Debt Ceiling

There is no debt ceiling crisis, at least for now

Debt ceiling drama?
Debt ceiling drama?

As Washington policymakers battle over President Donald Trump's cornerstone economic initiatives, they won't have to worry about the U.S. becoming a global deadbeat — yet.

The debt ceiling deadline came and went earlier this month with little of the attendant fanfare that has become the norm in recent years. That's because the government was able to employ "extraordinary measures" at its disposal to give itself the cash it needs to operate.

Consequently, the U.S. has continued to meet its obligations to creditors while keeping the doors open to the business of government.

In essence, there are three funds the Treasury Department can work with to keep the U.S. from defaulting on its debts: the savings plan for federal employees, often called the G Fund; the Exchange Stabilization Fund that the government uses for its currency operations, and the Civil Service Retirement and Disability Fund, or the main pension fund for federal workers.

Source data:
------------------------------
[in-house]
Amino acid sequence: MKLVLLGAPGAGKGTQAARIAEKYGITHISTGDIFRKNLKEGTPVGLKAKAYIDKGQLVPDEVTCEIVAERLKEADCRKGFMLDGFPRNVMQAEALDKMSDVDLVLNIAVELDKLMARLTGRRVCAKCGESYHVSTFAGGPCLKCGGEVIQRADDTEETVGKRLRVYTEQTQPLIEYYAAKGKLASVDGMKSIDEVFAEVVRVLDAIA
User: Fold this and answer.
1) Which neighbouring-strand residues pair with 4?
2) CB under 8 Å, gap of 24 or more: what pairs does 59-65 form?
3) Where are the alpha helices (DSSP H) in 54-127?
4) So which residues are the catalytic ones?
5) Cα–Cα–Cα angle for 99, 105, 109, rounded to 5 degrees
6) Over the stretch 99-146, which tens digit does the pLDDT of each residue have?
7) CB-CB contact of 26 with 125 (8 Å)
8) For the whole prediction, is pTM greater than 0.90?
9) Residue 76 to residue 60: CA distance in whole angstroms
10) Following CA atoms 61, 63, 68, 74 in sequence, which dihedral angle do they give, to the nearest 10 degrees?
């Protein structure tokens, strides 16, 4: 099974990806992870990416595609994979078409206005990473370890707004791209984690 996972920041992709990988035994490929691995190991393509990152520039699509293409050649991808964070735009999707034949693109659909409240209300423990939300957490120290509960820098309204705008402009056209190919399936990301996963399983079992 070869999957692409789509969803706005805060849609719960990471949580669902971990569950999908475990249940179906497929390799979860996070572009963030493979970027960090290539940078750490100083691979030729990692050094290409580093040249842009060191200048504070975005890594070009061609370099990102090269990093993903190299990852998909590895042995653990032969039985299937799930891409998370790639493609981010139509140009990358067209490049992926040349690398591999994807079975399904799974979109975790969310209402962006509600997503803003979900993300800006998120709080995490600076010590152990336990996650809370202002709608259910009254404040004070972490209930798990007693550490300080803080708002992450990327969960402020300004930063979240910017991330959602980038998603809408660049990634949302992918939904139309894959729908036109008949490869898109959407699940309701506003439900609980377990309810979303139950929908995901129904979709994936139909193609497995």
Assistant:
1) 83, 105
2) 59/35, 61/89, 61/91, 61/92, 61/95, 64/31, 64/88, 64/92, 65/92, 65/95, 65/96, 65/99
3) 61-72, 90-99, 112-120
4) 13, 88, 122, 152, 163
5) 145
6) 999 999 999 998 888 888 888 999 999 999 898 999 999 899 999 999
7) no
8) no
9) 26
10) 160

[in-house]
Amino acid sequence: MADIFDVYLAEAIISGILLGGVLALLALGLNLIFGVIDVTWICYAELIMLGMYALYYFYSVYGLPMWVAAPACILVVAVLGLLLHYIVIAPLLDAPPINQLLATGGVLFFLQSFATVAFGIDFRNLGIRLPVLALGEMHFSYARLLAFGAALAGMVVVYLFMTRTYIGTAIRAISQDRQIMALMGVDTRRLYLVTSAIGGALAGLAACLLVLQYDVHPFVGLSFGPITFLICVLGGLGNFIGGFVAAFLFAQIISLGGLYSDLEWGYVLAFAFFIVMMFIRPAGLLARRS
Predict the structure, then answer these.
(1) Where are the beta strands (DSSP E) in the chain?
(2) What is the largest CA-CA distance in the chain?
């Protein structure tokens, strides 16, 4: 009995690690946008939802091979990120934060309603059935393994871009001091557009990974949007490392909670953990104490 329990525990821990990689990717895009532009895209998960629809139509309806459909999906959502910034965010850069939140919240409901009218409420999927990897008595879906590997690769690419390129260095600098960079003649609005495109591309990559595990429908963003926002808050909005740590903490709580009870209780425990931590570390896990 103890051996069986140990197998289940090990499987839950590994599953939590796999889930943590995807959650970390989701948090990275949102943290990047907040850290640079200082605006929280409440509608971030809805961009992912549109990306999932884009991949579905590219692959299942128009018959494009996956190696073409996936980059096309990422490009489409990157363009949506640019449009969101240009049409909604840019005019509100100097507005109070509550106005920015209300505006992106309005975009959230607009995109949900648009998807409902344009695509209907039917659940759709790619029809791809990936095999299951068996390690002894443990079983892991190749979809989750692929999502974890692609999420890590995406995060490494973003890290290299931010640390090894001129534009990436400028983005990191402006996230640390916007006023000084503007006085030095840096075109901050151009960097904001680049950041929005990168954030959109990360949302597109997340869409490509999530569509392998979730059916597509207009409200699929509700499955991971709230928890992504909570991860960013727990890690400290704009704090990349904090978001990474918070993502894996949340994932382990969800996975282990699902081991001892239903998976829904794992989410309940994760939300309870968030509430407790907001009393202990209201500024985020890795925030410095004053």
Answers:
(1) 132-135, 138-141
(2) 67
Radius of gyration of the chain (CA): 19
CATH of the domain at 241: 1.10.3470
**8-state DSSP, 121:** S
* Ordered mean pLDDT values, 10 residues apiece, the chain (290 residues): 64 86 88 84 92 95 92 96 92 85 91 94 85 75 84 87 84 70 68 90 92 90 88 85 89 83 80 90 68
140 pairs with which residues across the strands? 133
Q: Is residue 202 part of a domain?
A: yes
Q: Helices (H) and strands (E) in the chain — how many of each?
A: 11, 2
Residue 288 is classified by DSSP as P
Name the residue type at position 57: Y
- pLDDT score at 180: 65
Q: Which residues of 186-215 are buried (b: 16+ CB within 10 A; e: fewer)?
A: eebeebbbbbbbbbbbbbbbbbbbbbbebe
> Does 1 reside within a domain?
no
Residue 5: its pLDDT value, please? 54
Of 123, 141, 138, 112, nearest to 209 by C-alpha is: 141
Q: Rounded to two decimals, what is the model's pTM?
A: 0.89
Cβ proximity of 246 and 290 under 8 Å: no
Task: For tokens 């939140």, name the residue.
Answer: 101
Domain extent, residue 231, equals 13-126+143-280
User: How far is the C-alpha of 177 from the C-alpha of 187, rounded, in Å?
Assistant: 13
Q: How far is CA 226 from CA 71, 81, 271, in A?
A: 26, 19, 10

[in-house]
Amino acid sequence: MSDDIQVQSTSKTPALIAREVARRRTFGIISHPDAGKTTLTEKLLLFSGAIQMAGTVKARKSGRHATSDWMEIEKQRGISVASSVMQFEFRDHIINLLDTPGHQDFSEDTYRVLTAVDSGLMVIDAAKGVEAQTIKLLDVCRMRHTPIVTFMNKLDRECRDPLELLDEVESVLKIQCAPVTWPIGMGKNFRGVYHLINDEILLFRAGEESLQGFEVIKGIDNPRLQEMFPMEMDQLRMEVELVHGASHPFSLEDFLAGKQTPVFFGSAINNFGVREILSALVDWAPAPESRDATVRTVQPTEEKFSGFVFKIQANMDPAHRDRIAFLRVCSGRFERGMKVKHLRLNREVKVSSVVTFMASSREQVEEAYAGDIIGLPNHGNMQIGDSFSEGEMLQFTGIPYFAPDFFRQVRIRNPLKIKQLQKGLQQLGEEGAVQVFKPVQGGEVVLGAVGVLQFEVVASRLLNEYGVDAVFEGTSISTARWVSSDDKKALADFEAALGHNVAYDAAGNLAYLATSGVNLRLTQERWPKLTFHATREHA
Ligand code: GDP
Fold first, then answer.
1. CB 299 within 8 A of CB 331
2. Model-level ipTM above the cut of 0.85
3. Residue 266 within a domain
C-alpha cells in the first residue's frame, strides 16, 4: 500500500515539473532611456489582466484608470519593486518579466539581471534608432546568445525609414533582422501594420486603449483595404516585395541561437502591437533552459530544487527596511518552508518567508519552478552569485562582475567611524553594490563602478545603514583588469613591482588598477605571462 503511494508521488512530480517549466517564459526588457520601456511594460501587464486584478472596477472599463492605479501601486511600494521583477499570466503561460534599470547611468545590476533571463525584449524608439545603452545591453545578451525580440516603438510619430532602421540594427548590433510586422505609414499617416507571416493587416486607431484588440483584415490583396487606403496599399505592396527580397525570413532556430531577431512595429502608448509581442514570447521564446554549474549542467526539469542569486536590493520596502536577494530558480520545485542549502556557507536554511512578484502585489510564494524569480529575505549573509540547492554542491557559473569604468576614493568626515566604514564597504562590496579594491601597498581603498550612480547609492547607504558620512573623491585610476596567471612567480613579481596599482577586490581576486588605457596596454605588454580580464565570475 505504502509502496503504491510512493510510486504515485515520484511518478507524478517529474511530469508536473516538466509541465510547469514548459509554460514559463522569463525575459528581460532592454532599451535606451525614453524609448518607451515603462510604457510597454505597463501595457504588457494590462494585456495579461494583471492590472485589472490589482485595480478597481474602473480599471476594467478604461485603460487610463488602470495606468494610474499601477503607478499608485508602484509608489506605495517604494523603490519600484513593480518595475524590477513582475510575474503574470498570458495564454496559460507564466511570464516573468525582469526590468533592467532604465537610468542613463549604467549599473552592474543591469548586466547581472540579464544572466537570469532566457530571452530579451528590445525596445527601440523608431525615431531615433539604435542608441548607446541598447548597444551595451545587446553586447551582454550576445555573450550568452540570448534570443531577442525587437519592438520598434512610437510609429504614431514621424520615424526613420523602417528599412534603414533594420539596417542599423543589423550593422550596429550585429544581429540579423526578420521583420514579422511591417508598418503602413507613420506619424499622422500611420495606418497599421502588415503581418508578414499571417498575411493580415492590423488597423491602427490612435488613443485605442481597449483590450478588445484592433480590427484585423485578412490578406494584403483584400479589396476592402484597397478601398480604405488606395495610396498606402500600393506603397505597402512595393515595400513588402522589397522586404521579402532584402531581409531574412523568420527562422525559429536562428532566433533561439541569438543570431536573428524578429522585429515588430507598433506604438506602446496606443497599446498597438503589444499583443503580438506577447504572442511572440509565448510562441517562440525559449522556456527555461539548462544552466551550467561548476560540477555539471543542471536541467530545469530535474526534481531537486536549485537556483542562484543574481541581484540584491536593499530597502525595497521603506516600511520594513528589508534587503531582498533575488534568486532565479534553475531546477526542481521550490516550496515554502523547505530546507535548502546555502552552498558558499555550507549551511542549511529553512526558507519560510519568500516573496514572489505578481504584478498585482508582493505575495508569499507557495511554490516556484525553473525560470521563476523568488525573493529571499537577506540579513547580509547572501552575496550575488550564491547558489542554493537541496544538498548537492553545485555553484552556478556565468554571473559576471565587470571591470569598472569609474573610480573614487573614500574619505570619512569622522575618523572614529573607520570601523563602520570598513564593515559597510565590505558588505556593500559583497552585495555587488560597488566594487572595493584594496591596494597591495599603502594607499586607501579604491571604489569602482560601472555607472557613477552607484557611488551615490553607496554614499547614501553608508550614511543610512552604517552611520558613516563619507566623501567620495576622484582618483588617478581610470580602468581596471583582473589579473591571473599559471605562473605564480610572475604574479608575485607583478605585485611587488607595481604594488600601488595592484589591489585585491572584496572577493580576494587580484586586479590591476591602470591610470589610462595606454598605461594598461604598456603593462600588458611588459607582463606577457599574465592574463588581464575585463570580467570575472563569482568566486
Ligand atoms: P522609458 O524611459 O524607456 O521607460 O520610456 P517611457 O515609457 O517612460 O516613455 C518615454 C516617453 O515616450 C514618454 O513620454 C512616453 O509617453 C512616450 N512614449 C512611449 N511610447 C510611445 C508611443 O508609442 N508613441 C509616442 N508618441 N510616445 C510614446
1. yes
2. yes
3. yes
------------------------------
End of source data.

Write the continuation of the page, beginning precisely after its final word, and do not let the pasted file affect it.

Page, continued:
Chris Maddaloni | CQ Roll Call | Getty Images

The government can suspend investments in the G and ESF funds and use the savings to issue more debt that in turn is used to pay bills and keep operating. For the third fund, it can hold off on issuing new securities until the debt limit is raised.

There, of course, are limits to which the measures can be used, but they can keep things running for several months. Under current estimates, the Bipartisan Policy Center figures the debt ceiling won't become a problem again until October or November, while the Congressional Budget Office similarly estimates problems won't happen until sometime in autumn.

In 2015, the government, facing a similar refusal by Congress to extend the debt limit, was able to keep going until a suspension was approved that November.

U.S. government debt is broken into two categories: that which is held by the public, which includes Treasurys and other similar issuances, and intragovernmental holdings, or debt the government essentially owes itself through the shuffling of funds, as would occur in this case under the extraordinary measures provision.

Total U.S. debt currently stands at $19.8 trillion, of which $14.3 trillion is owed by the public.